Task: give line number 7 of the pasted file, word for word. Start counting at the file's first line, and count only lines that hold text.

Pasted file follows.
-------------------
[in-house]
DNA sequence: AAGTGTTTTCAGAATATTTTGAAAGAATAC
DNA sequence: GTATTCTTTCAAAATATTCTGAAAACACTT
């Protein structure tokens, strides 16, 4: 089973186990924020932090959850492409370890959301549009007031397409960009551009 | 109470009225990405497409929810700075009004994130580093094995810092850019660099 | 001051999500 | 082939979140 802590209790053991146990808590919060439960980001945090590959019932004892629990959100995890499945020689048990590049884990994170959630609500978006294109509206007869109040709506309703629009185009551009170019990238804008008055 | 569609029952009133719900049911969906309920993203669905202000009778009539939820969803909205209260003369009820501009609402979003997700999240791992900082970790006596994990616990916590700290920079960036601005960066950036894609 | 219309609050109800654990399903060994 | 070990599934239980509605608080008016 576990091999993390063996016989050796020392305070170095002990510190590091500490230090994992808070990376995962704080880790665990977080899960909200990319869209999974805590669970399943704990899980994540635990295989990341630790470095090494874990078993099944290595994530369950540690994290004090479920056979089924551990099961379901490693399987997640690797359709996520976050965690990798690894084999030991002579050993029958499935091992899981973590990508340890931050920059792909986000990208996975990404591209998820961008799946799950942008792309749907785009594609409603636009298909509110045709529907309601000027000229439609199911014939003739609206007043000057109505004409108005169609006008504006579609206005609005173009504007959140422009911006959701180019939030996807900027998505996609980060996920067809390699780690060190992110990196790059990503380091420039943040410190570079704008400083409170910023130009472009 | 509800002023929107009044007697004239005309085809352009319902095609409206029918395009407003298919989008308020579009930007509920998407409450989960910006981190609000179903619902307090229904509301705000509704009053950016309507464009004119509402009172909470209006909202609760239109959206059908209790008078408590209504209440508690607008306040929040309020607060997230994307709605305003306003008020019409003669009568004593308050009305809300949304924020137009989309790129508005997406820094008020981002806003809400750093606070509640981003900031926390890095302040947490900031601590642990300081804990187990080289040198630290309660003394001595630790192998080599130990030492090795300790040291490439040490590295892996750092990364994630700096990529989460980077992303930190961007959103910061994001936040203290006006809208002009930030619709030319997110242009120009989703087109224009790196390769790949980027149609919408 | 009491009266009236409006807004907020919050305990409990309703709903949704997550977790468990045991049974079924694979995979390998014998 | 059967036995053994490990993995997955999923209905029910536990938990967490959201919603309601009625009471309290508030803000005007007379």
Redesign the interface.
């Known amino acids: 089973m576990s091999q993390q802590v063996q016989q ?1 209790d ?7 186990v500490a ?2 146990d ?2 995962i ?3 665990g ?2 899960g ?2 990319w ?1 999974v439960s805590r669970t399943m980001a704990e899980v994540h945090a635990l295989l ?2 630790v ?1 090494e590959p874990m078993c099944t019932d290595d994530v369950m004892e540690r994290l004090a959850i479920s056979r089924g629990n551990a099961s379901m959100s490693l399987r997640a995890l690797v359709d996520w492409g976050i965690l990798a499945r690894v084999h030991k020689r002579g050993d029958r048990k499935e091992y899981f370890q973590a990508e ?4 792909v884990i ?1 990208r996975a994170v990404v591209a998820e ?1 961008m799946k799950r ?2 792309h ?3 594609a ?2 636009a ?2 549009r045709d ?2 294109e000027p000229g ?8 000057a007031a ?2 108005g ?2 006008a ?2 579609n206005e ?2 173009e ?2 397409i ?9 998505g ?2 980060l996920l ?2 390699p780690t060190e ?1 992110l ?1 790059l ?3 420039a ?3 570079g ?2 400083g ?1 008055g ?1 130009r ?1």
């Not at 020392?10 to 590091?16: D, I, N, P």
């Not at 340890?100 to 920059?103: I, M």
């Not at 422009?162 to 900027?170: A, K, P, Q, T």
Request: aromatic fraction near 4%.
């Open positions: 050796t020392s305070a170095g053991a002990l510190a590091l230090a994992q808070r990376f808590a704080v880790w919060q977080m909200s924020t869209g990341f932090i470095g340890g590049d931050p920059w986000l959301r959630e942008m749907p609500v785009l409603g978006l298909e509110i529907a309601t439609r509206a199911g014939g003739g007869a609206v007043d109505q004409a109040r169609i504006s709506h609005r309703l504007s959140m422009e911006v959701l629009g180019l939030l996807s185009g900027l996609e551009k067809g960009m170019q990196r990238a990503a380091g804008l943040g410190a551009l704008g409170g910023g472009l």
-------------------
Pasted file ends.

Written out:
């Not at 020392?10 to 590091?16: D, I, N, P």